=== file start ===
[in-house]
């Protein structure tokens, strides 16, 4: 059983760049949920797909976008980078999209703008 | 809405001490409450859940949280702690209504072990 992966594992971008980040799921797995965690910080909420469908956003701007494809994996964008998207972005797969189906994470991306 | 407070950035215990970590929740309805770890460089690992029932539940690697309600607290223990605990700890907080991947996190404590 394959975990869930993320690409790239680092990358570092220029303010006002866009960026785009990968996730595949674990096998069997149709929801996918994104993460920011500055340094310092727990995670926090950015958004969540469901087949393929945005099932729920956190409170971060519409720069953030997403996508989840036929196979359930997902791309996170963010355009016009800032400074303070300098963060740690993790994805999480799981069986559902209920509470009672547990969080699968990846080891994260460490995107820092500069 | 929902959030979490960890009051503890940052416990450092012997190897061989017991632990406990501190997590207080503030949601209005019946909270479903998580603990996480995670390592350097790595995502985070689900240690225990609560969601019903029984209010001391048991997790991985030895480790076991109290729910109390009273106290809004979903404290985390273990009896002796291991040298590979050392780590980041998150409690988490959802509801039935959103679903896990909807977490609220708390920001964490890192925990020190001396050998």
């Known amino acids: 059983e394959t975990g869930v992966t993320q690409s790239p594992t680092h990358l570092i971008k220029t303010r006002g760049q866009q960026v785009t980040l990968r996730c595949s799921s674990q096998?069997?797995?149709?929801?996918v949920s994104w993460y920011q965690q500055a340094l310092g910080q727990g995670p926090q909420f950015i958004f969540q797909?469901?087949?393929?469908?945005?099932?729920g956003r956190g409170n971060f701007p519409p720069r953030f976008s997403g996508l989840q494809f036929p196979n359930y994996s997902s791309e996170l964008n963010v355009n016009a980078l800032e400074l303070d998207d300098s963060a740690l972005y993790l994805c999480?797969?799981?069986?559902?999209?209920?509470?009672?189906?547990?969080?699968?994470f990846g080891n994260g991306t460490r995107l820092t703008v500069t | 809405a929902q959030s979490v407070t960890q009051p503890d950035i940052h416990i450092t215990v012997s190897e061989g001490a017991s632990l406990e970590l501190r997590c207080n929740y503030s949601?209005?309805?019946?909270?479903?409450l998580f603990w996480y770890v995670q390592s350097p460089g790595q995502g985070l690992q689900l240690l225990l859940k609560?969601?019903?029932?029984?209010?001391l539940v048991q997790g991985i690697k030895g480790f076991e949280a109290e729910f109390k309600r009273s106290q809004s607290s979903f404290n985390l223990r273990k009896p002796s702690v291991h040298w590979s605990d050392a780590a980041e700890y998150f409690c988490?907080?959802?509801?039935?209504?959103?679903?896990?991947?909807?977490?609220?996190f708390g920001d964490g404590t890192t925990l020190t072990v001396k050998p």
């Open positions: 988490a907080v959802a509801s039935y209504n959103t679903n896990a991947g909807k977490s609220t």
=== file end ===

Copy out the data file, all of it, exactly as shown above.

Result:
[in-house]
């Protein structure tokens, strides 16, 4: 059983760049949920797909976008980078999209703008 | 809405001490409450859940949280702690209504072990 992966594992971008980040799921797995965690910080909420469908956003701007494809994996964008998207972005797969189906994470991306 | 407070950035215990970590929740309805770890460089690992029932539940690697309600607290223990605990700890907080991947996190404590 394959975990869930993320690409790239680092990358570092220029303010006002866009960026785009990968996730595949674990096998069997149709929801996918994104993460920011500055340094310092727990995670926090950015958004969540469901087949393929945005099932729920956190409170971060519409720069953030997403996508989840036929196979359930997902791309996170963010355009016009800032400074303070300098963060740690993790994805999480799981069986559902209920509470009672547990969080699968990846080891994260460490995107820092500069 | 929902959030979490960890009051503890940052416990450092012997190897061989017991632990406990501190997590207080503030949601209005019946909270479903998580603990996480995670390592350097790595995502985070689900240690225990609560969601019903029984209010001391048991997790991985030895480790076991109290729910109390009273106290809004979903404290985390273990009896002796291991040298590979050392780590980041998150409690988490959802509801039935959103679903896990909807977490609220708390920001964490890192925990020190001396050998």
């Known amino acids: 059983e394959t975990g869930v992966t993320q690409s790239p594992t680092h990358l570092i971008k220029t303010r006002g760049q866009q960026v785009t980040l990968r996730c595949s799921s674990q096998?069997?797995?149709?929801?996918v949920s994104w993460y920011q965690q500055a340094l310092g910080q727990g995670p926090q909420f950015i958004f969540q797909?469901?087949?393929?469908?945005?099932?729920g956003r956190g409170n971060f701007p519409p720069r953030f976008s997403g996508l989840q494809f036929p196979n359930y994996s997902s791309e996170l964008n963010v355009n016009a980078l800032e400074l303070d998207d300098s963060a740690l972005y993790l994805c999480?797969?799981?069986?559902?999209?209920?509470?009672?189906?547990?969080?699968?994470f990846g080891n994260g991306t460490r995107l820092t703008v500069t | 809405a929902q959030s979490v407070t960890q009051p503890d950035i940052h416990i450092t215990v012997s190897e061989g001490a017991s632990l406990e970590l501190r997590c207080n929740y503030s949601?209005?309805?019946?909270?479903?409450l998580f603990w996480y770890v995670q390592s350097p460089g790595q995502g985070l690992q689900l240690l225990l859940k609560?969601?019903?029932?029984?209010?001391l539940v048991q997790g991985i690697k030895g480790f076991e949280a109290e729910f109390k309600r009273s106290q809004s607290s979903f404290n985390l223990r273990k009896p002796s702690v291991h040298w590979s605990d050392a780590a980041e700890y998150f409690c988490?907080?959802?509801?039935?209504?959103?679903?896990?991947?909807?977490?609220?996190f708390g920001d964490g404590t890192t925990l020190t072990v001396k050998p």
């Open positions: 988490a907080v959802a509801s039935y209504n959103t679903n896990a991947g909807k977490s609220t």